Sessions’ AG appointment will no doubt be well received by states from the Confederacy, Mississippi included, as the chief enforcer of civil rights and voting rights laws. He has called the 1965 Voting Rights Act a “piece of intrusive legislation.” That law was gutted by a 2013 split decision of the Supreme Court in a case that originated in Alabama.
Significantly, Sessions voted against confirmation of Sonia Sotomayor and Elena Kagan who were appointed by President Obama. Both judges had opposed Chief Justice John Roberts opinion in the voting rights case.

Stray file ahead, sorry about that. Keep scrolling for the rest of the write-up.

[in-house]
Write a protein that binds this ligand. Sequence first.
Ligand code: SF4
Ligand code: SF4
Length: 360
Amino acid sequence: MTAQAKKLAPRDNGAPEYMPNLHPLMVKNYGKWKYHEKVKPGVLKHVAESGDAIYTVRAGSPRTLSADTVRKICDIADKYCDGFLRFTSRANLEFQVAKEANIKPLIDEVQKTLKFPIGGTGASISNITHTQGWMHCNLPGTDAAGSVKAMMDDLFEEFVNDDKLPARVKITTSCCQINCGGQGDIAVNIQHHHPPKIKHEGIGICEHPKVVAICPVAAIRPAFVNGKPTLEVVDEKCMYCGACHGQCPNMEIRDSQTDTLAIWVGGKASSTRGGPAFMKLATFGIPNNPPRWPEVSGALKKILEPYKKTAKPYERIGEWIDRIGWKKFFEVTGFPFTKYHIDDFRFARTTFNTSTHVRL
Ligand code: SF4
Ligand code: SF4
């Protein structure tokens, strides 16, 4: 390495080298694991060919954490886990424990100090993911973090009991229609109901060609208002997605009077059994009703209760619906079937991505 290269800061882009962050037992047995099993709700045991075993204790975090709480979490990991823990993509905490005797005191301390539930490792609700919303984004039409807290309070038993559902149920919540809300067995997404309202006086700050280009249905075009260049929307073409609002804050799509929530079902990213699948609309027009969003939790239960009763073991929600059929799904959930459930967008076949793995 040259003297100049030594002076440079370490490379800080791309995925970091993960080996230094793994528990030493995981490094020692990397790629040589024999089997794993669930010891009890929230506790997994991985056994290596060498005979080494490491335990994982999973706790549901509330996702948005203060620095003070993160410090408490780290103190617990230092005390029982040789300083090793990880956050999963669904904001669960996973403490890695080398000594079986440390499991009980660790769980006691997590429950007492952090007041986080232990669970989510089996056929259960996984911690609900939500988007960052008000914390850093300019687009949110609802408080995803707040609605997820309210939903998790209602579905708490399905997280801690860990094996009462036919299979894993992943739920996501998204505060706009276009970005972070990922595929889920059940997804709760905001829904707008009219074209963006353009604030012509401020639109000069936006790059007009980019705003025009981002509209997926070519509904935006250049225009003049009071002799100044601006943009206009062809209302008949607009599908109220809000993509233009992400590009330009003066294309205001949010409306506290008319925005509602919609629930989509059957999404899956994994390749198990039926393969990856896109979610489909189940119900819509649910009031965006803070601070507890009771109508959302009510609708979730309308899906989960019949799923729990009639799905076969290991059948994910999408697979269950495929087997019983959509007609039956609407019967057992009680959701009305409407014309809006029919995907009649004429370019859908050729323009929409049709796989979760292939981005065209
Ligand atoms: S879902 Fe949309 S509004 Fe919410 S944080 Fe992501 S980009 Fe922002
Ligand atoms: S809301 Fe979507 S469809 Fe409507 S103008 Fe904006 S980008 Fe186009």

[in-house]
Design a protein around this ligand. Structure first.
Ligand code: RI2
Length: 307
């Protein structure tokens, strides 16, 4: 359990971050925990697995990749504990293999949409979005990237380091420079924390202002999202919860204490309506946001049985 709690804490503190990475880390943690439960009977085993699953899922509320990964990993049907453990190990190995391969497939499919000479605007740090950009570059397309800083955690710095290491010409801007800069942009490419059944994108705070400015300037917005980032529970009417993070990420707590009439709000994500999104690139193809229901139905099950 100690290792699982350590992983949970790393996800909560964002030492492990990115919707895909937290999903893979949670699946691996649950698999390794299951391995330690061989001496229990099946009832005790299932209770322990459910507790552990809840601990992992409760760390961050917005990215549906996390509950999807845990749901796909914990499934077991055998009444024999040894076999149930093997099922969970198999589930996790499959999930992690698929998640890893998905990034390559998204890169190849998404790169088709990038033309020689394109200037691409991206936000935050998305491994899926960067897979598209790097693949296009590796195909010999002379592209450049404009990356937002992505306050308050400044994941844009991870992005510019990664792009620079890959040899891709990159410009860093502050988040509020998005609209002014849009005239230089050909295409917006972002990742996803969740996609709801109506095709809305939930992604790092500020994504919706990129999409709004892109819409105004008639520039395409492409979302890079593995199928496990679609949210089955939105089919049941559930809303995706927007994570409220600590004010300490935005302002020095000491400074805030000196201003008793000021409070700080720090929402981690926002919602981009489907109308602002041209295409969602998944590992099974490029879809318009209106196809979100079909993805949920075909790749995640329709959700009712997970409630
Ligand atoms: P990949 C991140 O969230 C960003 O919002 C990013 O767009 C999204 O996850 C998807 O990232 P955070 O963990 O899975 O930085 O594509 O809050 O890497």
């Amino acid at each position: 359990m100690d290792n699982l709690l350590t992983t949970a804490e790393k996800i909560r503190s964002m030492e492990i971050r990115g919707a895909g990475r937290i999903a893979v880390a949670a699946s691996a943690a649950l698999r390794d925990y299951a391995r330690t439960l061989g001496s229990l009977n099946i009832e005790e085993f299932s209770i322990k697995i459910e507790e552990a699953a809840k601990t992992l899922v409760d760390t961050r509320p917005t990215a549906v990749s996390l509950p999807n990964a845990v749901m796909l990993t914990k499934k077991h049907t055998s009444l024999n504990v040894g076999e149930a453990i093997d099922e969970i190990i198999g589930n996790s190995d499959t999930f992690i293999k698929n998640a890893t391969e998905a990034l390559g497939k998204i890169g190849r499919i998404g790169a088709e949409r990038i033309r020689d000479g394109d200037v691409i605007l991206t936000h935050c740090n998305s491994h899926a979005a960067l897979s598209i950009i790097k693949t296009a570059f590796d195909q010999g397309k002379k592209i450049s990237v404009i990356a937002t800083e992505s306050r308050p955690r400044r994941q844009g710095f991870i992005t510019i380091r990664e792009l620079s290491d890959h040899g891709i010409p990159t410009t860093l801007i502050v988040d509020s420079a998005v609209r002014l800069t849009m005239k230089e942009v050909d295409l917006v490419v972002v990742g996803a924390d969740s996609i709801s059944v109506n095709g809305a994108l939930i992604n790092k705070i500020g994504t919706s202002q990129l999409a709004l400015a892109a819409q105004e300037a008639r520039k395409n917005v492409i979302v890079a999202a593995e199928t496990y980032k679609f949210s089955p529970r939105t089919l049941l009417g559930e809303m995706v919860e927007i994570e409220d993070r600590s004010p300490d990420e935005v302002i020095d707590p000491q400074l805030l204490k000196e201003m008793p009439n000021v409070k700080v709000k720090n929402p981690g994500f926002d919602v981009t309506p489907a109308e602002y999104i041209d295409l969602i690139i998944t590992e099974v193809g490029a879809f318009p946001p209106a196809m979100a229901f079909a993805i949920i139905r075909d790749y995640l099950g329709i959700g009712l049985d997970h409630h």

The decision opened the way for some 12 states (Mississippi included) to enact strict Voter ID laws. In recent months three federal courts have ruled ID laws unconstitutional on discriminatory grounds in at least six states.
Sessions as the nation’s AG could be viewed as fulfillment of the dreams of this state’s segregationist governor, Ross Barnett. In the 1960 presidential election, Barnett advocated Dixiecrat states to nominate unpledged electors in lieu of Democratic electors. The idea was to use the electoral votes as a bargaining chip with the incoming president to appoint an attorney general who would not push school integration.